By Glenn P. Wood
It could be argued that the golden-period violin cases were made by Stradivari but an equally powerful argument could be made for those created by W.E. Hill & Sons between the years 1887–95. These were the years when the firm occupied premises at 38 New Bond Street in London and was consolidating its victory over Paris as the premier world center for the high-end violin business. In 1895, Hill & Sons moved to 140 New Bond Street, perhaps to be a little closer to Fabergé across the road at No. 173. This was truly an era of elegance, opulence, and clients desirous of the best that money could buy.
In those years, W.E. Hill & Sons offered two types of cases to their best clients. Both were for single violins but differed in shape and concept. In the Hill catalogue in 1895, Hill explains:
We have erected a special workshop for the production of violin cases of fine workmanship and high artistic merit. In our opinion, the case containing so fine a work of art as a good violin should be pleasing and indeed beautiful.
The usual form of case, though somewhat wanting in beauty of outline, has the advantage of smallness of size and great portability. We continue to make cases of this form, but we endeavour, by the use of choice wood, and ornamental inlaid bordering, and the highest quality workmanship throughout, to make them as beautiful as possible, and receptacles worthy of fine violins. The internal fittings are also carefully considered, and the cases are lined with plush of a colour to suit that of the varnish of the violin.
The following comments will be of interest to case makers today:
The most careful attention has been paid to every detail of construction, and the locks and flush-bolts are all specially made after our own patterns. We may mention that the lock is so made that if it be damaged it can be taken out without disturbing in the least the woodwork or the lining of the case. The button that holds the bow is lined with cork in order that the mountings of a good bow may not be damaged. The loop to contain the point of the bow is stiffened to protect the head. Without enumerating further details we think we are justified in stating that no such cases as these have ever been made before. To show that these cases have already met with some recognition we may mention that the beautiful violin case of mahogany and satinwood in which a Stradivari violin was presented to Dr. Joachim on the occasion of his jubilee, was made by us.
Probably modesty restrained him from mentioning that Pablo de Sarasate owned an early version of this case, manufactured while the Hills were still in Wardour Street. The case accompanies the 1713 Stradivari violin, which Sarasate acquired from the Boissier Collection in Geneva. The case and violin are now in the Conservatorio de Musica in Madrid, Spain.
The highest-quality case is described in the catalogue thus:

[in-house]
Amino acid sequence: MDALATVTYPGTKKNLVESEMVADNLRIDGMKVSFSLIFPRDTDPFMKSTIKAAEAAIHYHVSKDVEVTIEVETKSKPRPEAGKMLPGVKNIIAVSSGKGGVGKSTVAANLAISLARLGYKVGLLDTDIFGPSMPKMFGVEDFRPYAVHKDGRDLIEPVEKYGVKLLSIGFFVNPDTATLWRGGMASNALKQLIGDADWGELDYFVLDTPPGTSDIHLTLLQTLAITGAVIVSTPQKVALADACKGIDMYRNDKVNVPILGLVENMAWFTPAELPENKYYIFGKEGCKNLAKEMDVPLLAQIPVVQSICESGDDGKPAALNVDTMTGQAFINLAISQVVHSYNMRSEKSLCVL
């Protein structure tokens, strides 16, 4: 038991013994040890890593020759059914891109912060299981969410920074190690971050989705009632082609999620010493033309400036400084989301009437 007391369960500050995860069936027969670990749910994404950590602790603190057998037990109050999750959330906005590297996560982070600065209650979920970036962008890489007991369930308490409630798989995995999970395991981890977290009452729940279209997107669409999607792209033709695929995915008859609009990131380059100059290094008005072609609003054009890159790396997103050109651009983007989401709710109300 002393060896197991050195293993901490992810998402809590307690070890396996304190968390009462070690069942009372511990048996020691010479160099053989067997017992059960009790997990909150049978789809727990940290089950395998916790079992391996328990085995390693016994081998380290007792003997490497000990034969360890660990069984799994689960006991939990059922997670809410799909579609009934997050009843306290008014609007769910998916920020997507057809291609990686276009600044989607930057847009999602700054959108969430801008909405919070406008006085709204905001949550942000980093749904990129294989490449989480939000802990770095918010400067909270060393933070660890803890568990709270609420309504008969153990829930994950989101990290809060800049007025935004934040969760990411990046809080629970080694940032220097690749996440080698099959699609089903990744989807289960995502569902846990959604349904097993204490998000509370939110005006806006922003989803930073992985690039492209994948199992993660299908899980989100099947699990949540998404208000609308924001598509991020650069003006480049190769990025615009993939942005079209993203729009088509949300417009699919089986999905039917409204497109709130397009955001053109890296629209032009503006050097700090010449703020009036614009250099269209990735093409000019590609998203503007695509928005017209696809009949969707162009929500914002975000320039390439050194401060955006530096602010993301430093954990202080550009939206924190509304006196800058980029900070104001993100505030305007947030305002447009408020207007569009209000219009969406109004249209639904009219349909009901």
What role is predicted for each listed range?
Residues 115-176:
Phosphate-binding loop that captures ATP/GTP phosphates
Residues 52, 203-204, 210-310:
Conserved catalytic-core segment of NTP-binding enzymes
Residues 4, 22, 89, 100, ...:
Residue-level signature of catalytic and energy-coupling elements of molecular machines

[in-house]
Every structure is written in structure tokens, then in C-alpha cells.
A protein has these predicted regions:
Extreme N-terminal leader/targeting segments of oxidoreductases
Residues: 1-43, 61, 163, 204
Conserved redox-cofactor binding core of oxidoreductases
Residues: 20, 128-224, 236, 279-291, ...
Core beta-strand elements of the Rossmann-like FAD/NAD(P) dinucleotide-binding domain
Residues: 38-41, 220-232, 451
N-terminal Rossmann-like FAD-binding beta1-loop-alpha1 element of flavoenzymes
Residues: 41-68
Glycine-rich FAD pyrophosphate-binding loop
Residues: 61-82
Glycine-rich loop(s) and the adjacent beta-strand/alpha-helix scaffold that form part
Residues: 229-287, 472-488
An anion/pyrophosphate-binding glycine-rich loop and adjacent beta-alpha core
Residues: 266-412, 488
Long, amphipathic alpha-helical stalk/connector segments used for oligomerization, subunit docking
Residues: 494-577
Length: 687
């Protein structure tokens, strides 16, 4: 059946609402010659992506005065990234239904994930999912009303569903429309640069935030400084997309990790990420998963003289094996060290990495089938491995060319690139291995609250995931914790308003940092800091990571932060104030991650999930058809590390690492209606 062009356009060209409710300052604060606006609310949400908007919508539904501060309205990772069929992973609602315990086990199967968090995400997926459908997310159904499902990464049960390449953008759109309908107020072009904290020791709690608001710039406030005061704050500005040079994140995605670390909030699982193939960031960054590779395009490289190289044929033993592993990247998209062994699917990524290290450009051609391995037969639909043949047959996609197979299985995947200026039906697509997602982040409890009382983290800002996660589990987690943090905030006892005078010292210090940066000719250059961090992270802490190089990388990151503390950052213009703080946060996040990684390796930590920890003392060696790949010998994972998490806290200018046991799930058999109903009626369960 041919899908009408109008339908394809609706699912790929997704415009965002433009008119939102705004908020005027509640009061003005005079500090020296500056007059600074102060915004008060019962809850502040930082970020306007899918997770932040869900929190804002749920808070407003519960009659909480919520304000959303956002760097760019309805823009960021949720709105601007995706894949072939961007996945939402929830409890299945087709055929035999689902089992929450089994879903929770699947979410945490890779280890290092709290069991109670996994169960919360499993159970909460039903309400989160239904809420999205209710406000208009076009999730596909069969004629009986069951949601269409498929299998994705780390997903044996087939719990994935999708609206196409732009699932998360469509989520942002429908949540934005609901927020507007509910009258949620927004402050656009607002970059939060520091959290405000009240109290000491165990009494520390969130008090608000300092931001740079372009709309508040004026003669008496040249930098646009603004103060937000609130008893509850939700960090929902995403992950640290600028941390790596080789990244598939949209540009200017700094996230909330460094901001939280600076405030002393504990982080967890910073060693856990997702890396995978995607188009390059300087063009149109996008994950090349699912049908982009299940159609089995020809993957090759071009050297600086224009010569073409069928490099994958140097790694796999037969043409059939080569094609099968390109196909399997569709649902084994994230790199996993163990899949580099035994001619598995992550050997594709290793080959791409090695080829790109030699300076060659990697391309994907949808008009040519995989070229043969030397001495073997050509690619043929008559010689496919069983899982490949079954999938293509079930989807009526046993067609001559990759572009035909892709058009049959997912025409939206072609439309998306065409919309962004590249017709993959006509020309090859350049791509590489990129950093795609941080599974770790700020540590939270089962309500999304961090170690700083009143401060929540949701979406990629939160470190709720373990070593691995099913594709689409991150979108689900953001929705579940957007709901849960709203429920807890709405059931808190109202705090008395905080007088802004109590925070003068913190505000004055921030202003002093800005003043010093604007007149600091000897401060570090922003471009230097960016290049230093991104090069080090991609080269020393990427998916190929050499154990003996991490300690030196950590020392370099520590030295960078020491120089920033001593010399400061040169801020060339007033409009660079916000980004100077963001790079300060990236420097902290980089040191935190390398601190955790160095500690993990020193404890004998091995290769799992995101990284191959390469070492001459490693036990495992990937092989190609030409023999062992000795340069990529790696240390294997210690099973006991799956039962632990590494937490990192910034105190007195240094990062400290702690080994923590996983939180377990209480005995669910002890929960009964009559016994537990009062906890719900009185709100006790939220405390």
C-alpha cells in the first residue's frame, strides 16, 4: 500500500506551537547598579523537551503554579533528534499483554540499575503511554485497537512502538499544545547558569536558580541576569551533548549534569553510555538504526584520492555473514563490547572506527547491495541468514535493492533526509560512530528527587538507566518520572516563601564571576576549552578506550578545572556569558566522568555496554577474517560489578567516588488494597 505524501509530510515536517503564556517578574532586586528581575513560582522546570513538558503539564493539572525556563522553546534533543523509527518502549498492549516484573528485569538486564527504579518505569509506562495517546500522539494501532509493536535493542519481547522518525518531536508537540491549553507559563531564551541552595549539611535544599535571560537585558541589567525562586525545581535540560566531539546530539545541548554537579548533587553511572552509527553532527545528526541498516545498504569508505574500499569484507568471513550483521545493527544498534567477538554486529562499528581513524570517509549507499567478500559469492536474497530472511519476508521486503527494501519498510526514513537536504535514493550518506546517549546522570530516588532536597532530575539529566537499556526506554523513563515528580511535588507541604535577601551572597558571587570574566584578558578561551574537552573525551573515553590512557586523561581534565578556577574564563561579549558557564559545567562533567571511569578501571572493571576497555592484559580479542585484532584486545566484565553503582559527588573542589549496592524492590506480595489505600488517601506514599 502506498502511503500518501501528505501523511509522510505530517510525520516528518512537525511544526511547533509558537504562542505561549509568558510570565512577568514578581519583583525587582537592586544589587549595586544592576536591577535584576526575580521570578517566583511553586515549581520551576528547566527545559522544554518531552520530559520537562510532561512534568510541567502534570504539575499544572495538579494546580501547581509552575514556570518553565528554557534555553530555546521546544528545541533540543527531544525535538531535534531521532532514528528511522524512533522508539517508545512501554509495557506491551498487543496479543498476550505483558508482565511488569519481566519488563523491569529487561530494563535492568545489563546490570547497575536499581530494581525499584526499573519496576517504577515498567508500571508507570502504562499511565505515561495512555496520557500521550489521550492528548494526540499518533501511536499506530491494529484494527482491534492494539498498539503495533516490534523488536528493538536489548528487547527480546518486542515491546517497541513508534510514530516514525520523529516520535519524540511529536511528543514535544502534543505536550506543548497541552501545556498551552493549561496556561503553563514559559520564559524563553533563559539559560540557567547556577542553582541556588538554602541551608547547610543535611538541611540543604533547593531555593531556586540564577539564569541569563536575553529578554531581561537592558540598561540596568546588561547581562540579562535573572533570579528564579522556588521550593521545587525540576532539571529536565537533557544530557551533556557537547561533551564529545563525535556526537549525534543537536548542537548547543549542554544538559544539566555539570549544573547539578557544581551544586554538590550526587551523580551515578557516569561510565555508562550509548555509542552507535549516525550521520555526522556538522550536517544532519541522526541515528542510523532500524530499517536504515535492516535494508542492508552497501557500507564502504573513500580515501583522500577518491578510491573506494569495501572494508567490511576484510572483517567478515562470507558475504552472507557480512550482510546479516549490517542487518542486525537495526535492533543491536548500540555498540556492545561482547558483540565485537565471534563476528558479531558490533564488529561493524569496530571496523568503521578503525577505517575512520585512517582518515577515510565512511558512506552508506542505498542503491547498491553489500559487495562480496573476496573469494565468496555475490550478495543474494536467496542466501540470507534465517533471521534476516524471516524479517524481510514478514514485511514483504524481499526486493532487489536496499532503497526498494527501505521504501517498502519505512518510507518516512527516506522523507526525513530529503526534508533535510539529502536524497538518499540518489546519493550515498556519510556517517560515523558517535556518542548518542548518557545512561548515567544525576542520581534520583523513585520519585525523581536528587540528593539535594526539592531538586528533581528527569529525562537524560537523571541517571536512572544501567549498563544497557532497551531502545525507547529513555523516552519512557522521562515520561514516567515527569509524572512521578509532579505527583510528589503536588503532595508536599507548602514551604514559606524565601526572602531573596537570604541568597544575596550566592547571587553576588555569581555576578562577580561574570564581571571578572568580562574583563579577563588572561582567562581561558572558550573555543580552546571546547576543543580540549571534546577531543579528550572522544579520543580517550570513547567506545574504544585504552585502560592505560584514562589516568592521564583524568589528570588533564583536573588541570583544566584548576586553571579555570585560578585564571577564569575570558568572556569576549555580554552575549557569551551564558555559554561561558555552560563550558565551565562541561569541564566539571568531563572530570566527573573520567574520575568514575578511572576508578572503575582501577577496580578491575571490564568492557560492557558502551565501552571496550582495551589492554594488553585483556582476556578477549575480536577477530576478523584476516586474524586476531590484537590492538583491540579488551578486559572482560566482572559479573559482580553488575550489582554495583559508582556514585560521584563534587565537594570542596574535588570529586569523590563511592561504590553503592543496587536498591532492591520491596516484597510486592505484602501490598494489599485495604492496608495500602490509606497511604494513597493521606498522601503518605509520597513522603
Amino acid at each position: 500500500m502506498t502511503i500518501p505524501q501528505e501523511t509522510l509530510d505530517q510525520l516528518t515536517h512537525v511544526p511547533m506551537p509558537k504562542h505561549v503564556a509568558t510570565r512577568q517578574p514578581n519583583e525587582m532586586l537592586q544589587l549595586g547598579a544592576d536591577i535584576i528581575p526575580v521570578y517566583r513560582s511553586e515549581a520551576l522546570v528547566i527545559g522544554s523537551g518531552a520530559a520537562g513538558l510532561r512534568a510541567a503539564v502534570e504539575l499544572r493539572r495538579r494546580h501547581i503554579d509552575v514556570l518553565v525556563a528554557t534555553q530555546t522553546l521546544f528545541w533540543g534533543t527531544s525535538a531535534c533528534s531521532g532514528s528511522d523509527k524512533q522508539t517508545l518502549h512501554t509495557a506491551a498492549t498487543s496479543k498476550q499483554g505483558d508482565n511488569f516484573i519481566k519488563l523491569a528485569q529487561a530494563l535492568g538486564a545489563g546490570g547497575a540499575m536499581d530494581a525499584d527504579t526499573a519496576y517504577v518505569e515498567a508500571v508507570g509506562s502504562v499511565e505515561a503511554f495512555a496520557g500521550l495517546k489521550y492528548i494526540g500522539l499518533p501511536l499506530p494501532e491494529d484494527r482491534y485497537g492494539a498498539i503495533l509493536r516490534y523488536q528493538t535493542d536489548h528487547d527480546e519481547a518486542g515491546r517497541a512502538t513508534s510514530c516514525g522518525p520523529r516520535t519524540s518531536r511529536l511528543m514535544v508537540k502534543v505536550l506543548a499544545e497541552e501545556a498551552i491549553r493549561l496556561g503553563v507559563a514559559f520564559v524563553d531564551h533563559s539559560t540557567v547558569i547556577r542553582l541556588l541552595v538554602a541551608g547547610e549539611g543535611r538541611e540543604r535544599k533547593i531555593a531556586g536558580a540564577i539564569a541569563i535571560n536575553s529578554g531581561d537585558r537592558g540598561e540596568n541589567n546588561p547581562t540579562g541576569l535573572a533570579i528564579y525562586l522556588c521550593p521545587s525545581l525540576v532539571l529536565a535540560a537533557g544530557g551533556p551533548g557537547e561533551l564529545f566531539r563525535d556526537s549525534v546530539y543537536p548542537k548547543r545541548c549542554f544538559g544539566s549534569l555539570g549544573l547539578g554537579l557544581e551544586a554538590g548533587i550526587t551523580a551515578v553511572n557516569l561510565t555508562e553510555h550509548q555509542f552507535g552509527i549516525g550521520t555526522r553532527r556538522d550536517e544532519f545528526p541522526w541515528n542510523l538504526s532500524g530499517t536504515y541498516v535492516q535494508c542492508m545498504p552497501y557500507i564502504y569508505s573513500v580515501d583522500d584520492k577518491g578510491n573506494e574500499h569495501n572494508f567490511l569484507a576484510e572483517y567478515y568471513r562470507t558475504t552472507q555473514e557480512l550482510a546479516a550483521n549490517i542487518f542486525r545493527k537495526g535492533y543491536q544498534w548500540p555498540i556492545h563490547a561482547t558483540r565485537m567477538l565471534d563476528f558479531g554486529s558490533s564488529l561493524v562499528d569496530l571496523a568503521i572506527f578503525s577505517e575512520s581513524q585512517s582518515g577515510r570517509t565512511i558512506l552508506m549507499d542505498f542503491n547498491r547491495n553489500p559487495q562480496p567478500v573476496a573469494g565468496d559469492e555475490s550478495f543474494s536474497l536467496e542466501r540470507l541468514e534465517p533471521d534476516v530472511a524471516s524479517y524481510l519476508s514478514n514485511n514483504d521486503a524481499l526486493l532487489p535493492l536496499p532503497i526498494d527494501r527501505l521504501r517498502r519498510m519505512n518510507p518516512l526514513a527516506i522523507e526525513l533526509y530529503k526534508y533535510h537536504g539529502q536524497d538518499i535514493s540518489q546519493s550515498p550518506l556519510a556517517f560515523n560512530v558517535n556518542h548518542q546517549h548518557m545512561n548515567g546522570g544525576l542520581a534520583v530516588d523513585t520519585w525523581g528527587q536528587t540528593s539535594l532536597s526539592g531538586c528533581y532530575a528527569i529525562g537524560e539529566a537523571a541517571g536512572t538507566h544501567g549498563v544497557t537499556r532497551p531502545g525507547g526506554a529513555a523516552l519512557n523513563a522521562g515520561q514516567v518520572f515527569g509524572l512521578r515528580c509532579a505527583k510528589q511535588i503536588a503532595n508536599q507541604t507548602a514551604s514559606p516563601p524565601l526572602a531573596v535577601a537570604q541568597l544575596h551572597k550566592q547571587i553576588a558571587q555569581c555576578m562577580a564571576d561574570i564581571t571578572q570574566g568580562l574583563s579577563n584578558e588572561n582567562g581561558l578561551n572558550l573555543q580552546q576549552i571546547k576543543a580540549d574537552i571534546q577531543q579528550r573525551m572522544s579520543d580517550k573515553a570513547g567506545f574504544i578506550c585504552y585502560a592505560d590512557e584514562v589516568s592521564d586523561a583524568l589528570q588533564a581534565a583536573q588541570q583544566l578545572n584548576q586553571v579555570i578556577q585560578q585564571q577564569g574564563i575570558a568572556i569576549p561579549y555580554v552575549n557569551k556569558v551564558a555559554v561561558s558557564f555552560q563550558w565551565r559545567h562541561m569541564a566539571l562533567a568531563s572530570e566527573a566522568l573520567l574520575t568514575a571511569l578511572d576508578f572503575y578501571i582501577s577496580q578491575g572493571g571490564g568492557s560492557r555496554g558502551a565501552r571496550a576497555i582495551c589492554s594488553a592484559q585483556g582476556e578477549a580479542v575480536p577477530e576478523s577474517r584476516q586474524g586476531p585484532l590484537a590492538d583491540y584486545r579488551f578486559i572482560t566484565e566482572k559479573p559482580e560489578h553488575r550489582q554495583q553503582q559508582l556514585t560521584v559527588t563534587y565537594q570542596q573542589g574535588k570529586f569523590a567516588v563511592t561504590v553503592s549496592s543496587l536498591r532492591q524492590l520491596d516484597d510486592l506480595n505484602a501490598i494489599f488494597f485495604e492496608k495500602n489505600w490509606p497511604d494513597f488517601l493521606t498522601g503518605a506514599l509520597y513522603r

The wood of the outside and of the inside can be varied but in the illustration the outside is of mahogany and the inside is of satinwood. An ornamental inlaid pattern is added around the outer edge. It is usually made of ebony and boxwood and is of what is termed the “herringbone” pattern.
The reason these cases have survived in good condition is because they could be supplied with a protective leather cover, lined with red velvet (as was the case above).
Now comes the second type of case, described by Hill as “Art Cases.”
Recently we have reproduced an old form of case, which is not only pleasing in its proportions but specially convenient for holding the bows and which supplies ample room for small lockers for strings, rosin, etc.
We have spared no pains in bringing this case to completion as a true work of art. The finest specimens of wood are selected and the case is bordered by lines and patterns of highly finished inlaid work. The lid of the principal locker is ornamented with a finely inlaid trophy, while the plush for the lining of the case, as well as all the brass and other fittings, are most carefully selected.
We specially invite an inspection of these Art Cases, which are certainly worthy to be regarded as true ornaments in any drawing room or music room.
To appreciate the full beauty of these cases, they should be seen in person. Unfortunately, very few were ever made and no two are the same. However, they all share the so-called “trophy” inlaid into the main compartment cover.
Page 16 of the 1895 catalogue shows an illustration of one of the very rare leather-covered Art Cases.
By diligent research and a modicum of good luck, this exact case has been traced to the Museum of Fine Arts in Boston, Massachusetts, where it was acquired by the Boston Museum of Fine Arts in 1981. It is made of wood and covered with leather, which has been liberally decorated. Prior to 1920, the case was owned by Edward F. Searles (1841–1920) of Methuen, Massachusetts. In 1920, it was inherited by B. Allen Rowland (1910–91) of New Castle, New Hampshire. In 1981, it was gifted to the MFA by the estate of B. Allen Rowland, then of Lawrence, Massachusetts (accession date: January 22, 1992).
The final page of the 1895 catalogue provides a rare glimpse into Hill’s case-making workshop at Hanwell with what appears to be this same case under construction at the back—a busy workshop for the creation of very fine pieces of art indeed.
Special thanks to Mads Hjorth of Hjorth Violins, Copenhagen, for the gift of the 1895 catalogue of “Cases for Violins, Violas, and Violoncellos made by W.E. Hill and Sons.”